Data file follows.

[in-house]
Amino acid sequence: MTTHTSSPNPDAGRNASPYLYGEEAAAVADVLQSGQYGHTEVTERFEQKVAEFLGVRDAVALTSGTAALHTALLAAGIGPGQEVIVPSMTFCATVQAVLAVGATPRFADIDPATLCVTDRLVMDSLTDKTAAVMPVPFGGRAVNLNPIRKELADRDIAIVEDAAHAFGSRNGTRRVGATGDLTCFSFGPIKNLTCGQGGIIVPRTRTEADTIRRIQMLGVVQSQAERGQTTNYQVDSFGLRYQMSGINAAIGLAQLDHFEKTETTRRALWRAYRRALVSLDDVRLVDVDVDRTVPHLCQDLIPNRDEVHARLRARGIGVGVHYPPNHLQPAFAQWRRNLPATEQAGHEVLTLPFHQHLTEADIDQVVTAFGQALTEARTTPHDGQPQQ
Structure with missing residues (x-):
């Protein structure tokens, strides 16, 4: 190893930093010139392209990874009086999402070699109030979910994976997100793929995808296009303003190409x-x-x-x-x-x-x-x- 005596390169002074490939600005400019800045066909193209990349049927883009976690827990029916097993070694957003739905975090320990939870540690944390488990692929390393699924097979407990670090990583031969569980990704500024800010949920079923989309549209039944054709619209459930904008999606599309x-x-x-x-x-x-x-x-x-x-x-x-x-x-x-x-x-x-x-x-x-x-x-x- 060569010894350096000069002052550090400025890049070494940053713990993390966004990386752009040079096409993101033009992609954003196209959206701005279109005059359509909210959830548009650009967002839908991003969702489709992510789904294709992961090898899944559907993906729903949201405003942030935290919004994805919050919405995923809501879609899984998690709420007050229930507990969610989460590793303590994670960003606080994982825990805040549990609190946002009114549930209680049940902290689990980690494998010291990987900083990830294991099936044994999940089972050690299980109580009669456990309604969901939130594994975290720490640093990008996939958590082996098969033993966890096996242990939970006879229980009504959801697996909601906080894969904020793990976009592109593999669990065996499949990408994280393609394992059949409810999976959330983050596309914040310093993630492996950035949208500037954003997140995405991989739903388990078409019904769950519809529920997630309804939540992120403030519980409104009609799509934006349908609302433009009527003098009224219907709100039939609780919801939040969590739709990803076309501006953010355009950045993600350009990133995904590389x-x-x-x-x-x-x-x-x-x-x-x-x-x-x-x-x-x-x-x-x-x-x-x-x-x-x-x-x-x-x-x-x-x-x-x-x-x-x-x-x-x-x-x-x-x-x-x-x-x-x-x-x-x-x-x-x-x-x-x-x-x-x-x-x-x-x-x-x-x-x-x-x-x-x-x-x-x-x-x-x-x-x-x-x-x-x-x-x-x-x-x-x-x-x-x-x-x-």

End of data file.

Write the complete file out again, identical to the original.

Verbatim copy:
[in-house]
Amino acid sequence: MTTHTSSPNPDAGRNASPYLYGEEAAAVADVLQSGQYGHTEVTERFEQKVAEFLGVRDAVALTSGTAALHTALLAAGIGPGQEVIVPSMTFCATVQAVLAVGATPRFADIDPATLCVTDRLVMDSLTDKTAAVMPVPFGGRAVNLNPIRKELADRDIAIVEDAAHAFGSRNGTRRVGATGDLTCFSFGPIKNLTCGQGGIIVPRTRTEADTIRRIQMLGVVQSQAERGQTTNYQVDSFGLRYQMSGINAAIGLAQLDHFEKTETTRRALWRAYRRALVSLDDVRLVDVDVDRTVPHLCQDLIPNRDEVHARLRARGIGVGVHYPPNHLQPAFAQWRRNLPATEQAGHEVLTLPFHQHLTEADIDQVVTAFGQALTEARTTPHDGQPQQ
Structure with missing residues (x-):
């Protein structure tokens, strides 16, 4: 190893930093010139392209990874009086999402070699109030979910994976997100793929995808296009303003190409x-x-x-x-x-x-x-x- 005596390169002074490939600005400019800045066909193209990349049927883009976690827990029916097993070694957003739905975090320990939870540690944390488990692929390393699924097979407990670090990583031969569980990704500024800010949920079923989309549209039944054709619209459930904008999606599309x-x-x-x-x-x-x-x-x-x-x-x-x-x-x-x-x-x-x-x-x-x-x-x- 060569010894350096000069002052550090400025890049070494940053713990993390966004990386752009040079096409993101033009992609954003196209959206701005279109005059359509909210959830548009650009967002839908991003969702489709992510789904294709992961090898899944559907993906729903949201405003942030935290919004994805919050919405995923809501879609899984998690709420007050229930507990969610989460590793303590994670960003606080994982825990805040549990609190946002009114549930209680049940902290689990980690494998010291990987900083990830294991099936044994999940089972050690299980109580009669456990309604969901939130594994975290720490640093990008996939958590082996098969033993966890096996242990939970006879229980009504959801697996909601906080894969904020793990976009592109593999669990065996499949990408994280393609394992059949409810999976959330983050596309914040310093993630492996950035949208500037954003997140995405991989739903388990078409019904769950519809529920997630309804939540992120403030519980409104009609799509934006349908609302433009009527003098009224219907709100039939609780919801939040969590739709990803076309501006953010355009950045993600350009990133995904590389x-x-x-x-x-x-x-x-x-x-x-x-x-x-x-x-x-x-x-x-x-x-x-x-x-x-x-x-x-x-x-x-x-x-x-x-x-x-x-x-x-x-x-x-x-x-x-x-x-x-x-x-x-x-x-x-x-x-x-x-x-x-x-x-x-x-x-x-x-x-x-x-x-x-x-x-x-x-x-x-x-x-x-x-x-x-x-x-x-x-x-x-x-x-x-x-x-x-």